https://i mmigrationforum.org/article/american-hope- act- 2017- bill-summar y/)
the American Hope Act
would protect them from deportation,
allow them to work legally and permit them to travel outside the country.
status could be changed to that of a lawful permanent
The bill
would permit Dreamers with conditional permanent resident status to obtain
federal assistance for higher education, including federal grants, work-study
programs and student loans.
The Dream Act
requires that Dreamers complete
military service,
The American
Hope Act has no such requirement. o
D oes  T he bill would create a c onditi onal per manent r esident s tatus for young undoc umented i mmigrants that is valid for up to eight years. The c onditi onal permanent resi dent status
 To qualify for c onditi onal per manent r esident s tatus , young undocumented immigrants would need
in the U.S.
to meet the followi ng requir ements : o Establis h that they came to the U .S. before the ag e of 18 and have c onti nuousl y li ved i n the U.S. sinc e D ec ember 31, 2016; o Pass gover nment bac kground c hec ks; and o D emonstr ate that they have not been convicted of c ertain crimi nal offenses.  A Dr eamer’s c onditi onal per manent r esident
or green car d hol der, by: o M aintai ning c onditi onal permanent resi dent status for at l east thr ee years; o Demon strating that they have not abandoned conti nuous r esidenc e in the U.S.; o Passing g over nment bac kground chec ks ; and o Establi shi ng that he or s he has not been c onvicted of c ertain crimi nal offens es during the period they have held conditional per manent resident status.  T he period of time for whic h a Dreamer was granted D ACA would c ount toward the threeyear peri od requir ed to c hange status to that of a lawful permanent resi dent.  Gener all y, a Dr eamer woul d have to compl ete fi ve years as a c onditi onal per manent r esident or lawful permanent resi dent or s ome c ombi nation of the two before being eligible to appl y for U .S. citiz enshi p. 
 The bill incl udes the following provi sions to assis t Dr eamers with the proc ess es of bec oming c onditi onal per manent r esidents and, eventuall y, U .S. citiz ens : o Per mits the Secretar y of the De partment of Homeland Sec urity (DH S) to establish a grant pr ogram for non-pr ofit organiz ations to as sist eligible applic ants to appl y for c onditi onal per manent r esident s tatus ; o Establis hes a Presi denti al Award for Busi nes s Leaders hip i n Promoti ng American Citizens hi p for c ompanies and other organiz ati ons that assist their employees and members with the natur alization proc ess ; an d o Directs the Secretar y of Educati on to devel op an electronic program that pr ovi des ins tructi ons on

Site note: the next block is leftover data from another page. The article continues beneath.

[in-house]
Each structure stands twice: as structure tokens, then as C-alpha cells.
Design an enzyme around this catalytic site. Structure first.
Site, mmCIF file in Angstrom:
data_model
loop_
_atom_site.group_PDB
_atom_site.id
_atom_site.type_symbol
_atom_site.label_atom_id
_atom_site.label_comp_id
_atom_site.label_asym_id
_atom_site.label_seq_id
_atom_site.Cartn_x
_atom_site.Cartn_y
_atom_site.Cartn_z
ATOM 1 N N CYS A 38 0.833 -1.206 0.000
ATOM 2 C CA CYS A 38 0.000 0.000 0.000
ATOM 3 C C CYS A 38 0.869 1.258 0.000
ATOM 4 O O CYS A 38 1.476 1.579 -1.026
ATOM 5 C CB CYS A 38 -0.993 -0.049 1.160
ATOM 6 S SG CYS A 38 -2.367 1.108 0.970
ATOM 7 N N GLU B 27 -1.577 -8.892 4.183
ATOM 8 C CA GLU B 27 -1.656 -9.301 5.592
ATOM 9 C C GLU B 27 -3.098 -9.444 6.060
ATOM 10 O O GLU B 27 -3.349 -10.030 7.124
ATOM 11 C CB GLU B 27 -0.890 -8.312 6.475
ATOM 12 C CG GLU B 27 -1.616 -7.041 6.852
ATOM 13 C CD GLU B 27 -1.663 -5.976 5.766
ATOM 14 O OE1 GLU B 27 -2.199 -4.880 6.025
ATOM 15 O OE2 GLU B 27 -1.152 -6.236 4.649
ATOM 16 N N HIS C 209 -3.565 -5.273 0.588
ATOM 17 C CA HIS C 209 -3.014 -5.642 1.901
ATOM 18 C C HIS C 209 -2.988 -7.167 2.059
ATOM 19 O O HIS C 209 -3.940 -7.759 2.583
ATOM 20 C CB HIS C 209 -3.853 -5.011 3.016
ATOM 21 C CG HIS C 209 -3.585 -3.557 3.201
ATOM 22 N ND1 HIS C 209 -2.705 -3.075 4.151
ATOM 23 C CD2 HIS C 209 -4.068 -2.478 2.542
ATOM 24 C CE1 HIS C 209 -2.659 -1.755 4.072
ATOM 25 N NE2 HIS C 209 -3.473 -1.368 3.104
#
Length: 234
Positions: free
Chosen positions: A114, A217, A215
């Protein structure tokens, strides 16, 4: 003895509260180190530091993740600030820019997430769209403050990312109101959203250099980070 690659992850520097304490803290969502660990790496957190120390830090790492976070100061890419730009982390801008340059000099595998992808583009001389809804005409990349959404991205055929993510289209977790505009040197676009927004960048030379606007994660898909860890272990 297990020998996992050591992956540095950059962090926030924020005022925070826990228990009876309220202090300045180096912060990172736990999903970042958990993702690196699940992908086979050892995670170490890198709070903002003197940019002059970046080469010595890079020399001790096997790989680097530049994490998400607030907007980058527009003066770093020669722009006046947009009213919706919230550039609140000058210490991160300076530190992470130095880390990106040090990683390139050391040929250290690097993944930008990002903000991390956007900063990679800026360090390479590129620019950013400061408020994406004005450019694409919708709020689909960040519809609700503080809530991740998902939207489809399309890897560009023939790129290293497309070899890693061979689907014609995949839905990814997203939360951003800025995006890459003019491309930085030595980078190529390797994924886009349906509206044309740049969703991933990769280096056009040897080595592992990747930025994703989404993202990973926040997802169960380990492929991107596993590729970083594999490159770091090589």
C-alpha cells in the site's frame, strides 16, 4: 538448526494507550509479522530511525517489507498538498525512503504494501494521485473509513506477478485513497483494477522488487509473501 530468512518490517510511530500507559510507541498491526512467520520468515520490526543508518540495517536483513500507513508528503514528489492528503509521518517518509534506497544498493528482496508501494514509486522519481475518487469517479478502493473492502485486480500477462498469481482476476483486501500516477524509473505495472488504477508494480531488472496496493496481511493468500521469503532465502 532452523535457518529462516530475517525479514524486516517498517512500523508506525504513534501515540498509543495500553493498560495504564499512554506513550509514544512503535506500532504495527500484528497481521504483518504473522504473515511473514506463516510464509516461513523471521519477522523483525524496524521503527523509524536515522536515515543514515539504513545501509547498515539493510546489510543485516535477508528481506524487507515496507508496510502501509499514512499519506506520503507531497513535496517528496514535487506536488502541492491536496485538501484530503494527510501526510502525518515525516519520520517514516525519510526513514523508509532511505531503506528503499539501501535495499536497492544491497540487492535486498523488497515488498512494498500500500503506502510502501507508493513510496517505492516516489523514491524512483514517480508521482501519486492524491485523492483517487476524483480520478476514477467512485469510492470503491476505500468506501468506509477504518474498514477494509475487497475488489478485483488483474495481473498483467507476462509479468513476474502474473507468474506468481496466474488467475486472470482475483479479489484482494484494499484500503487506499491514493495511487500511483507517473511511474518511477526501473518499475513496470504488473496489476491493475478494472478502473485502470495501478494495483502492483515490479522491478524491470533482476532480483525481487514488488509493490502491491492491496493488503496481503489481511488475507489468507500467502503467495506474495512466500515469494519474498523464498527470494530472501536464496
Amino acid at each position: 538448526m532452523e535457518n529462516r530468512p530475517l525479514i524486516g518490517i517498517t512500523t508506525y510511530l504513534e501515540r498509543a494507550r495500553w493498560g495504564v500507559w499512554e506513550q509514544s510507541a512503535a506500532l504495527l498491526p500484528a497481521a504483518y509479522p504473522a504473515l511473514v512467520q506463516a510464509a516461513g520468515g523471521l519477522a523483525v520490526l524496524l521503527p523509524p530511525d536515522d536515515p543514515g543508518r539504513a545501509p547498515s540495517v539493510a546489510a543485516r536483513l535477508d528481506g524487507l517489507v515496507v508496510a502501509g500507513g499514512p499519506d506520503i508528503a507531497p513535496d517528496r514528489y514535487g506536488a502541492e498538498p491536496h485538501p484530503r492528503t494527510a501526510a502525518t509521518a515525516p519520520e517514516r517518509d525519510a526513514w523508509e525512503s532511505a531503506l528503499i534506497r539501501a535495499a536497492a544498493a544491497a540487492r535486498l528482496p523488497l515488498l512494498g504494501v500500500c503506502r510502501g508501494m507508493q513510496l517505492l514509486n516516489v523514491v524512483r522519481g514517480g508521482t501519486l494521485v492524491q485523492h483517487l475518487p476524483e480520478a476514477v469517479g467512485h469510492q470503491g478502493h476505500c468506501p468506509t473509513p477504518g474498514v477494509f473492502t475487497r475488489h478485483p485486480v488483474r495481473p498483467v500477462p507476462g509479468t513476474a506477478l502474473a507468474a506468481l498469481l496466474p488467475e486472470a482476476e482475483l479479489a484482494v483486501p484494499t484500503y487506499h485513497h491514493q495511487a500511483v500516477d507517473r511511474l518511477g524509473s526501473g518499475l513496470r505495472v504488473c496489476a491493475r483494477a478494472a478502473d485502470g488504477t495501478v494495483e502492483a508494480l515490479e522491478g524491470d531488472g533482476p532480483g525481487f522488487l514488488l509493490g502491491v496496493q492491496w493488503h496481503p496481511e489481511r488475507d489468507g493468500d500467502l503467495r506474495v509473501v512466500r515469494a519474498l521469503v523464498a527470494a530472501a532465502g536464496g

the English language. Why the Americ an H ope Act is Cons tructi ve  The Americ an Hope Act is a legislati ve sol uti on. T he bill is a l egislati ve s ol ution to per manentl y address the fate of at l east an esti mated 1.8 million young undoc umented immigrants who were br oug ht to the U .S. as c hildr en and have li ved in the U.S. for most of their li ves.  The American H ope Act pr otects Dreamers. The bill woul d provi de young undoc umented i mmigrants who have grown up in our c ommuniti es i n the U.S. si nc e they were chil dren with protec tion fr om deportation and an oppor tunity to bec ome American ci tizens if they follow the l aw.  The Am erican Hop e Act h elp s Am er ica’s econom y. The bill would all ow young undocumented i mmigrants to c ontinue to c ontribute to their communities and the economy by wor king l egall y, paying their fair shar e of taxes and buildi ng busi ness that employ American wor kers . F or ins tanc e, over the next ten years, young undoc umented i mmigrants who have D ACA will contri bute $433.4 billion to the GDP. Mai n D iffer ences from the
Dream Act of 2017  T he Dream Act of 2017 is a bipartis an bill introduced by Sens . Linds ey Gr aham (R- South C arolina) and Dic k D urbi n (D-Illinois) in the U .S. Senate and Congress women Ileana RosLehtinen (R-Florida) and Lucille R oybal-All ard (D-C alifor nia) i n the U.S. Hous e of R epres entati ves that woul d provi de Dreamers with pr otecti on from deportati on and an opportuni ty to obtain l egal s tatus if they meet c ertain requirements. The Dr eam Ac t of 2017 differs primaril y fr om the Americ an H ope Ac t as follows: o T he American H ope Ac t woul d make more Dr eamers eligible for legal status by allowi ng Dreamers who were brought to the U.S. before Dec ember 31, 2016 to q ualify, wher eas the Dream Act would all ow onl y Dreamers who were brought to the U.S. at leas t four years befor e the enactment of the bill to q ualify. o
graduate fr om or
two years of a higher education program, c ompl ete at l east two years of
or be empl oyed for at least three years to bec ome lawful permanent resi dents .
The American H ope Ac t provi des support to hel p Dr eamers appl y for c onditi onal permanent r esi dent status, l ear n about naturali zation, and i mpr ove their Englis h through gr ant pr ograms and other initi ati ves. The Dr eam Ac t does not provi de s uc h s upport, but r equires that Dreamers demons trate an ability to read, write and speak English and knowledge of U.S. ci vic s to become l awful per manent residents.
Shutdown DA
a. Compromise coming now – Trump can’t last much longer –
it’s most likely
Swaminathan 19
– (Aarthi Swaminathan, 1/11/19, " Shutdown deal depends on 'how much pain the Trump adminis trati on is willing to tol erate'," N o Public ation, https://financ e.yahoo.c om/news /s hutdown- deal-depends-muc h-pain-tr ump- admi nistr ation- willing-tol erate- 155253476.html)CWS
The timing of a deal between Trump and Democrats
border will “depend on how much pain the Trump administration is willing to
There are various pain points that will be felt shortly in coming days